“Tosser” – British slang

Tosser - British Slang Photo credit: Lst1984 / Foter.com / CC BY-NC

Here you can find other examples and meanings of this slang term: Urban Dictionary

“Geek” – English slang

Geek

Geek2

geek-nerd

Image source

*Notice that in British slang the meaning of “geek” is slightly different in a negative way. In the UK, a “geek” is someone into computers and IT, but also a boring and not fashionable person.

Whatever – English slang

Whatever

Example sentences from the web:

  • Boy: I am exhausted today. Looking forward to going home and doing nothing, hopefully, you’re up for the same?
    Girl: Yeah, whatever.
  • Whatever. It’s like you want to get your heart broken again.
  • Whateverjust another reason we made the right decision.

An interesting discussion on this topic: When did “Whatever.” begin to be used as a sentence?

Notice that ‘whatever’ has other meanings. It can be used as an adverb, a conjunction, a determiner, or a pronoun.
As a pronoun it introduces a relative clause and its meaning is: ‘everything‘; ‘anything that‘. For example: Do whatever he asks you to. As an adjective, it means ‘of any kind‘; ‘in any amount‘; ‘no matter what‘. For example, I saw no point whatever in continuing. Furthermore, we use it in questions as a synonym of ‘what’, but with more emphasis.
For example: Whatever do you mean? = What do you mean? ‘Whatever’ is also used as a conjunction. In this case, it connects two clauses: I won’t go there, whatever he says.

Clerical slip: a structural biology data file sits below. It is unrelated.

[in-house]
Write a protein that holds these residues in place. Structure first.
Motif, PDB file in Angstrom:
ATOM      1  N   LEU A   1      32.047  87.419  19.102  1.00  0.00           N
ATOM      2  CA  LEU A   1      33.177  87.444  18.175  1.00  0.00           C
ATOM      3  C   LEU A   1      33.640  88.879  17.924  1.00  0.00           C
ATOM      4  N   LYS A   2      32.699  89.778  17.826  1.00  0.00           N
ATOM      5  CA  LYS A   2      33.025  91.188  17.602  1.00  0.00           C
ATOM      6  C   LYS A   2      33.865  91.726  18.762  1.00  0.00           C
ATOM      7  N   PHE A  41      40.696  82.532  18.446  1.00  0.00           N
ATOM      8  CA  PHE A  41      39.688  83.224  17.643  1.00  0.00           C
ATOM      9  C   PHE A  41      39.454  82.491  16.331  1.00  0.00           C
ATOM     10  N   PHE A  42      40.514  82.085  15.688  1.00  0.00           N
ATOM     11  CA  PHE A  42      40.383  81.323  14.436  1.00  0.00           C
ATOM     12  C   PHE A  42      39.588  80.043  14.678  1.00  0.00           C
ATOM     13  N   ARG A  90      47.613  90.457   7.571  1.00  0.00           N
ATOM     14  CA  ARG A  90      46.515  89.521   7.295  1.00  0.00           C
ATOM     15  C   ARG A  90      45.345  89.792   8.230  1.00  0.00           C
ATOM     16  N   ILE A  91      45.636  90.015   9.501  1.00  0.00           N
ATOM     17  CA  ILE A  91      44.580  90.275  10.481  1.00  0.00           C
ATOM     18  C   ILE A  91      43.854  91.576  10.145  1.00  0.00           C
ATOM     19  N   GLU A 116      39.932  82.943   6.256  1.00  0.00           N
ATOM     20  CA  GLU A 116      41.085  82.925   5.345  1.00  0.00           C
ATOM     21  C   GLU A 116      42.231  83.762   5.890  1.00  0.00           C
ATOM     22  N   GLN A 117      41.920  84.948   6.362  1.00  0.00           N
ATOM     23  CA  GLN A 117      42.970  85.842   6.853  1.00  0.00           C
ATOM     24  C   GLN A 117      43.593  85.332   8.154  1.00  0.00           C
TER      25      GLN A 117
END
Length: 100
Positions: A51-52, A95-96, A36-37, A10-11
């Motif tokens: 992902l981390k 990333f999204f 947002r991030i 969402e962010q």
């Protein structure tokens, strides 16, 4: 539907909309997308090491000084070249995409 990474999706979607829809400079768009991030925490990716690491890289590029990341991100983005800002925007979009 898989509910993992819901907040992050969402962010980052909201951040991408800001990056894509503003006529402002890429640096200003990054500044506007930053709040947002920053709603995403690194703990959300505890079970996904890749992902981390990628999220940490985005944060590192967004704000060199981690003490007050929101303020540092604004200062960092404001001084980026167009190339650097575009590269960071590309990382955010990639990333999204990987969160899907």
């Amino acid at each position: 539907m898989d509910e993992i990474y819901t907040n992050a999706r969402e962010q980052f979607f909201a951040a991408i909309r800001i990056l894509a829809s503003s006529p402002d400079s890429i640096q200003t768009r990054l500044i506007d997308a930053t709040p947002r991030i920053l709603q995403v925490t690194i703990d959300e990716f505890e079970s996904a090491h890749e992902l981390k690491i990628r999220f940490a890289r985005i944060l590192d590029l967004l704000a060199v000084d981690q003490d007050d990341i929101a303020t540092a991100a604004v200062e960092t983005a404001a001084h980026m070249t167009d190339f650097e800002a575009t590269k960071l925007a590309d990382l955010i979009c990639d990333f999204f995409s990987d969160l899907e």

“To fancy” – English slang

To fancy someone

Example sentences from the web:

  • The thing is, you marry a woman you fancy.
  • Did you fancy anyone?
  • No, I do not fancy Miss Pattman and I will not have her disrespected in this way.

Notice that in British English “to fancy” means also “to like something”:

If you both fancy the dress, you’ll just have to share and wear it one after the other.

“To waffle” – British slang

To waffleImage source

Probably you knew already the common meaning of “waffle” in British and American English. If you didn’t … this is a “waffle”:
waffle

A “waffle” is a type of pancake with a pattern of square dents in it, made in a waffle iron.

According to Random House Dictionary waffle with the British English meaning of talking idly, and foolishly without purpose is derived from waff (which means to bark or to yelp like a dog) and first appeared in print between 1695-1705.

Example sentences from the web:

  • She waffled when asked what she thought of her sister’s new boyfriend.
  • If you don’t know the answer, it’s no good just waffling (on) for pages and pages.

From a British newspaper clipping (1957):
newspaper - to waffle

Image source

Remember that in American slang the meaning of “to waffle” is different.
Example sentences from the web:

  • American voters waffled in 2000.
  • He waffled on an important issue.
    [= to fail to make up one’s mind; to equivocate; to waver; to oscillate between options].